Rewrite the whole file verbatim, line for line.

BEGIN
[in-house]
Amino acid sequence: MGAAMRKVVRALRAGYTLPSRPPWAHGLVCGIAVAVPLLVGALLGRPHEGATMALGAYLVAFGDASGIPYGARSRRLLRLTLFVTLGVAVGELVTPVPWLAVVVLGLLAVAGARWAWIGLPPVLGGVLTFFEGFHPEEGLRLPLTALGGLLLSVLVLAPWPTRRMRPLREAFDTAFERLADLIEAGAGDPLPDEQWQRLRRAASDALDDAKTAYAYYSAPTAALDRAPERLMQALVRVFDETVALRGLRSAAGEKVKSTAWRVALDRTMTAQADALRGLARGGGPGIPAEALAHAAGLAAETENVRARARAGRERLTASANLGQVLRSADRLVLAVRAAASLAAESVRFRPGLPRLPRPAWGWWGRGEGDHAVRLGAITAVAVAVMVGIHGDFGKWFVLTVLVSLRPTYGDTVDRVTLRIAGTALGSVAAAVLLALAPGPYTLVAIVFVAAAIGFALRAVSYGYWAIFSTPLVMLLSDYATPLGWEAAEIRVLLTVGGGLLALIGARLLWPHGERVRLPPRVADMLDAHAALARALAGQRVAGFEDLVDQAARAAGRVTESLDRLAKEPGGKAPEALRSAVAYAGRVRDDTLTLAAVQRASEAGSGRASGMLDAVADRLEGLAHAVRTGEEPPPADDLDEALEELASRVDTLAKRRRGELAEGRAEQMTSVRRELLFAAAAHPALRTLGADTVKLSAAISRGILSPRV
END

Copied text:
[in-house]
Amino acid sequence: MGAAMRKVVRALRAGYTLPSRPPWAHGLVCGIAVAVPLLVGALLGRPHEGATMALGAYLVAFGDASGIPYGARSRRLLRLTLFVTLGVAVGELVTPVPWLAVVVLGLLAVAGARWAWIGLPPVLGGVLTFFEGFHPEEGLRLPLTALGGLLLSVLVLAPWPTRRMRPLREAFDTAFERLADLIEAGAGDPLPDEQWQRLRRAASDALDDAKTAYAYYSAPTAALDRAPERLMQALVRVFDETVALRGLRSAAGEKVKSTAWRVALDRTMTAQADALRGLARGGGPGIPAEALAHAAGLAAETENVRARARAGRERLTASANLGQVLRSADRLVLAVRAAASLAAESVRFRPGLPRLPRPAWGWWGRGEGDHAVRLGAITAVAVAVMVGIHGDFGKWFVLTVLVSLRPTYGDTVDRVTLRIAGTALGSVAAAVLLALAPGPYTLVAIVFVAAAIGFALRAVSYGYWAIFSTPLVMLLSDYATPLGWEAAEIRVLLTVGGGLLALIGARLLWPHGERVRLPPRVADMLDAHAALARALAGQRVAGFEDLVDQAARAAGRVTESLDRLAKEPGGKAPEALRSAVAYAGRVRDDTLTLAAVQRASEAGSGRASGMLDAVADRLEGLAHAVRTGEEPPPADDLDEALEELASRVDTLAKRRRGELAEGRAEQMTSVRRELLFAAAAHPALRTLGADTVKLSAAISRGILSPRV